Today the building still resembles its original appearance in many ways. It is H shaped in plan, symmetrical around its main axis. Timber framed and clad with rusticated weatherboards, it is four storeys in height with a corrugated iron roof surmounted by chimneys, reinstated during the 1994-96 restoration. The original totara piles are now concrete. Rooms are linked by corridors and there are now four staircases. Many original features were replicated in the building during the restoration, including fireplaces (purely decorative), plaster and timber mouldings, porticos, gates and fences.
Government Buildings is celebrated as one of New Zealand's most important historic buildings, and as an icon of Wellington City. It was built entirely of timber, an astonishing achievement in the 1870s, and remains probably the world's largest timber office building. It was Colonial Architect William Clayton's finest achievement. Government Buildings was constructed to house almost the entire Wellington-based public service, and its completion coincided with the end of provincial government in New Zealand. Its restoration in 1994-96 was a landmark in government-initiated heritage conservation. The restored building is a key feature in the Government Centre Conservation Area, an historic reserve in its own right, and a popular tourist destination.
Clayton, William Henry
Born in Tasmania, Clayton (1823-1877) travelled to Europe with his family in 1842. He studied architecture in Brussells and was then articled to Sir John Rennie, engineer to the Admiralty, in London. He returned to Tasmania in 1848 and worked in private practice until he was appointed Government Surveyor in 1852.
He resumed private practice in 1855 and was involved with surveying in the Launceston area. In 1857 he was elected an alderman on the Launceston Municipal Council. By the time Clayton immigrated to Dunedin in 1863 he had been responsible for the design of many buildings including churches, banks, a mechanics' institute, a theatre, steam and water mills, breweries, bridges, mansions and villas, in addition to being a land surveyor and road engineer.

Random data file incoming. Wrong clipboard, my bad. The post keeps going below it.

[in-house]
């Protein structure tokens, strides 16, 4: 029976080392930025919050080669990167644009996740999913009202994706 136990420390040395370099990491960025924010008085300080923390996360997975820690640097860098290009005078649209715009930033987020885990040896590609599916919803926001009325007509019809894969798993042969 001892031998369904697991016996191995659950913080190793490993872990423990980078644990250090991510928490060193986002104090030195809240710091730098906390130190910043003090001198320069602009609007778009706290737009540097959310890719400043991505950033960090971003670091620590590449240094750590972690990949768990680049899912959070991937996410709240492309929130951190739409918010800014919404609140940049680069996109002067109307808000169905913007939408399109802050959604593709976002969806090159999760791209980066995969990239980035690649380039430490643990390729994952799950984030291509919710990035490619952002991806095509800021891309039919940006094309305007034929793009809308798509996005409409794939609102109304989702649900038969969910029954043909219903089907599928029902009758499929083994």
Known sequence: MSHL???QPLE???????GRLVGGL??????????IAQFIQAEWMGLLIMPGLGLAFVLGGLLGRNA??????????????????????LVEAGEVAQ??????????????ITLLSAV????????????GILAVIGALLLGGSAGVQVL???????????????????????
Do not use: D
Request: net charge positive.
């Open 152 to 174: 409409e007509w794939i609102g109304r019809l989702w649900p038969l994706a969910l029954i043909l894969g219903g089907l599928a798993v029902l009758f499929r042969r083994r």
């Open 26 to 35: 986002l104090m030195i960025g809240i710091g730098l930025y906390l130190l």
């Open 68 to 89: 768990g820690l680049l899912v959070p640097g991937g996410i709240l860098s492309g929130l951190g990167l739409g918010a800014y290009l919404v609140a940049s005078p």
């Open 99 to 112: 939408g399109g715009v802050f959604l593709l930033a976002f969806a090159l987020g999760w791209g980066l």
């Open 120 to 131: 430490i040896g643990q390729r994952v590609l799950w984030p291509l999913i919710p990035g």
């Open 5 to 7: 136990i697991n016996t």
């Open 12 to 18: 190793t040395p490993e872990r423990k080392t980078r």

In 1864 he entered partnership with William Mason. Mason and Clayton were responsible for some important buildings in Dunedin including All Saints Church (1865) and The Exchange (former Post Office) (1865) as well as the Colonial Museum, Wellington (1865). These were two of the most prominent architects of their day in New Zealand.
In 1869 Clayton became the first and only Colonial Architect and was responsible for the design of Post and Telegraph offices, courthouses, customhouses, Government department offices and ministerial residences. His acknowledged masterpiece is Government Buildings, Wellington (1876) a stone-simulated wooden building and the largest timber framed building in the Southern Hemisphere.
Clayton was a prolific and highly accomplished architect both within the Public Service and in private practice, in New Zealand and Australia.
25th October 2001
Report Written By
Dictionary of New Zealand Biography
Dictionary of New Zealand Biography
Anna Crighton, 'William Clayton', Volume Two, Wellington, 1993, pp. 89-90.
New Zealand Historic Places
New Zealand Historic Places
Michael Kelly, 'A Landmark Restored', March, 1996, pp. 6-8